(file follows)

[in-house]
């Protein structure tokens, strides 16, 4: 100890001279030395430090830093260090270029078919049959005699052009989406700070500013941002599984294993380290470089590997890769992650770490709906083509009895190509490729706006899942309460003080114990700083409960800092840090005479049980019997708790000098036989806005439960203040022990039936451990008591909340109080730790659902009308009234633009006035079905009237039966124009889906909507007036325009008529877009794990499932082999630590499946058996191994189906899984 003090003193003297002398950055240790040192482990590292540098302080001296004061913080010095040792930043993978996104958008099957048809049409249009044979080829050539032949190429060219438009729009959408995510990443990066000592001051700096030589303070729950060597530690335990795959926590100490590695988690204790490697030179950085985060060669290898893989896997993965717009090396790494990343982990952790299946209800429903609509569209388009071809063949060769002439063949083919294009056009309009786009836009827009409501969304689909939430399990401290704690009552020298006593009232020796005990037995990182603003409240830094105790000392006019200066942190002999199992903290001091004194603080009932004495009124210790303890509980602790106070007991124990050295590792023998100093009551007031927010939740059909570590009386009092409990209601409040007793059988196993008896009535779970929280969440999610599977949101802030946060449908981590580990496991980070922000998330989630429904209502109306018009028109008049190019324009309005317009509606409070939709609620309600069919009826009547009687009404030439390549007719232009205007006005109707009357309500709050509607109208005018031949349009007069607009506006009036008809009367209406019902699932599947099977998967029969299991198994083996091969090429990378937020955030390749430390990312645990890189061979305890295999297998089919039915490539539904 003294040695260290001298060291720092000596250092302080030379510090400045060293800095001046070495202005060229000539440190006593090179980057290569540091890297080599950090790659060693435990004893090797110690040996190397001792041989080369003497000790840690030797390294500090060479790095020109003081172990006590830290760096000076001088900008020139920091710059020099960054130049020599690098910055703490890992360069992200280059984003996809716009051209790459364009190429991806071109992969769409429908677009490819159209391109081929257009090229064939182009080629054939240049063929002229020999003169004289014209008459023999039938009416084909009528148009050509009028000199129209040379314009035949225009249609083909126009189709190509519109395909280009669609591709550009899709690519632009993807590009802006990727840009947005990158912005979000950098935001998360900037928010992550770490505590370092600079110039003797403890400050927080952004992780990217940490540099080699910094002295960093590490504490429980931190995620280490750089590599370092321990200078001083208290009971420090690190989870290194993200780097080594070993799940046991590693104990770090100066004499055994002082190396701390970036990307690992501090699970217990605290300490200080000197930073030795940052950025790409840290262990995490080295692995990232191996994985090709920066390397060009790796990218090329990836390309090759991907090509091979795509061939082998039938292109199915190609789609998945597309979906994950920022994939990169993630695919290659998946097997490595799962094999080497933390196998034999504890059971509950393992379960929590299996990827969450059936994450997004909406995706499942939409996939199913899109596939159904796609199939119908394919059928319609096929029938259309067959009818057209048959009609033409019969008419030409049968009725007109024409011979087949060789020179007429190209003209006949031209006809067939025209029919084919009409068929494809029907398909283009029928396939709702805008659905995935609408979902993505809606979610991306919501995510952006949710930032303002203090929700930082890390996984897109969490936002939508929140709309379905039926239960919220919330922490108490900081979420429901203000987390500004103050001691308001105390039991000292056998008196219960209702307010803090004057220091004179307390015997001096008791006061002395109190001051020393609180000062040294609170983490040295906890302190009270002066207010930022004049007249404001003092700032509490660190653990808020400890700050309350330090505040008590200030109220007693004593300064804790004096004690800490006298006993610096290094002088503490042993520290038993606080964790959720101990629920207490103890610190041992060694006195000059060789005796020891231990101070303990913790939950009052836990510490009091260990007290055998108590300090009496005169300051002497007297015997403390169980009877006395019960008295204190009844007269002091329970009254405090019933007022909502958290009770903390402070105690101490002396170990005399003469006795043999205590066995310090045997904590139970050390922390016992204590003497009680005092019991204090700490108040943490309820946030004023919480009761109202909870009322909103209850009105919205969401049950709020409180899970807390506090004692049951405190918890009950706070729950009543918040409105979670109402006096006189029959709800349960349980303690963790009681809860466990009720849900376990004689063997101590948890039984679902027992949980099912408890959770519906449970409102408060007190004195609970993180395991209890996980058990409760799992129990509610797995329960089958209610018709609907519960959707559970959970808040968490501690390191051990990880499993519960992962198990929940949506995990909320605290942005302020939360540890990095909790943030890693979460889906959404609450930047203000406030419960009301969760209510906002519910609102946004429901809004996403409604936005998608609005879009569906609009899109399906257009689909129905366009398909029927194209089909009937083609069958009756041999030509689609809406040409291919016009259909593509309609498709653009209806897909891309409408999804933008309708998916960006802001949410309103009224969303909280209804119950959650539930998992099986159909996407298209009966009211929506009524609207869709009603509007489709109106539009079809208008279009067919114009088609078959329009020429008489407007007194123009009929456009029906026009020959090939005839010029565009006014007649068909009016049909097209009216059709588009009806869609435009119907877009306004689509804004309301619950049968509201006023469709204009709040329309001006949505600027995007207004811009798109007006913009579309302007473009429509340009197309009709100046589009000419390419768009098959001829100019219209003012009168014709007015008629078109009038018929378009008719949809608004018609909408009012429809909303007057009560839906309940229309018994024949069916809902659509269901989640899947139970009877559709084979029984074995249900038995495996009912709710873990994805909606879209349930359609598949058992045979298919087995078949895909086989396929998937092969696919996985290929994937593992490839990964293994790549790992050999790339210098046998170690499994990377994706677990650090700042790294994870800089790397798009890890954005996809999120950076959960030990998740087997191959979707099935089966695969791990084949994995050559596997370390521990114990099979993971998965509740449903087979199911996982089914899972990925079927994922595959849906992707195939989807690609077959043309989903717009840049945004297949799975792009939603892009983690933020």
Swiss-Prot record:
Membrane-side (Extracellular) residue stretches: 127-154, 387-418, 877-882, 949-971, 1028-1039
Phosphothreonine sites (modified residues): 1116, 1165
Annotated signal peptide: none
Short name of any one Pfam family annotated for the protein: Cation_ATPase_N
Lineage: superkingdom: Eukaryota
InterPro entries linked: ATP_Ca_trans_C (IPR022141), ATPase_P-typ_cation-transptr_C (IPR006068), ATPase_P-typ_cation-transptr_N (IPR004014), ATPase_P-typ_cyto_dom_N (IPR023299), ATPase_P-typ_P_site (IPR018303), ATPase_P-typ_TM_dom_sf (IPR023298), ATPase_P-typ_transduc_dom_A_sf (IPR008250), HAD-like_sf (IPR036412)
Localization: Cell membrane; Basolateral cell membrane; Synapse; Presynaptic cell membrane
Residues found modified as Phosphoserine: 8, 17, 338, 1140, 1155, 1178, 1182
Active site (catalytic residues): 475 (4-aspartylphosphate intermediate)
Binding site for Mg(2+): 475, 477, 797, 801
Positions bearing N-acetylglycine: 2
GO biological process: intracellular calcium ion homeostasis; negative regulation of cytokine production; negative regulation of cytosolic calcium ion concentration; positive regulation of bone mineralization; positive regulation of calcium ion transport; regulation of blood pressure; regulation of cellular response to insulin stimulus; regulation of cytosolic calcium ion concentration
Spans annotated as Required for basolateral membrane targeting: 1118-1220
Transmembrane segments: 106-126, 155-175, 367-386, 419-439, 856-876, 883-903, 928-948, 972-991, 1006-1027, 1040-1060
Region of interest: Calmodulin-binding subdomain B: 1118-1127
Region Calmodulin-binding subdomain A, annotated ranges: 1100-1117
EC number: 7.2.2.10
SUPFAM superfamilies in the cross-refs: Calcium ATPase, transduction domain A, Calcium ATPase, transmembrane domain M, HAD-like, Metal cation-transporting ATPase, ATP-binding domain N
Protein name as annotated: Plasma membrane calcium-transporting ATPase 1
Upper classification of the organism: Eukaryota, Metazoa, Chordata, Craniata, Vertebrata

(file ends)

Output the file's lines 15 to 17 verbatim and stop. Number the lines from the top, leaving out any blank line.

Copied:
GO biological process: intracellular calcium ion homeostasis; negative regulation of cytokine production; negative regulation of cytosolic calcium ion concentration; positive regulation of bone mineralization; positive regulation of calcium ion transport; regulation of blood pressure; regulation of cellular response to insulin stimulus; regulation of cytosolic calcium ion concentration
Spans annotated as Required for basolateral membrane targeting: 1118-1220
Transmembrane segments: 106-126, 155-175, 367-386, 419-439, 856-876, 883-903, 928-948, 972-991, 1006-1027, 1040-1060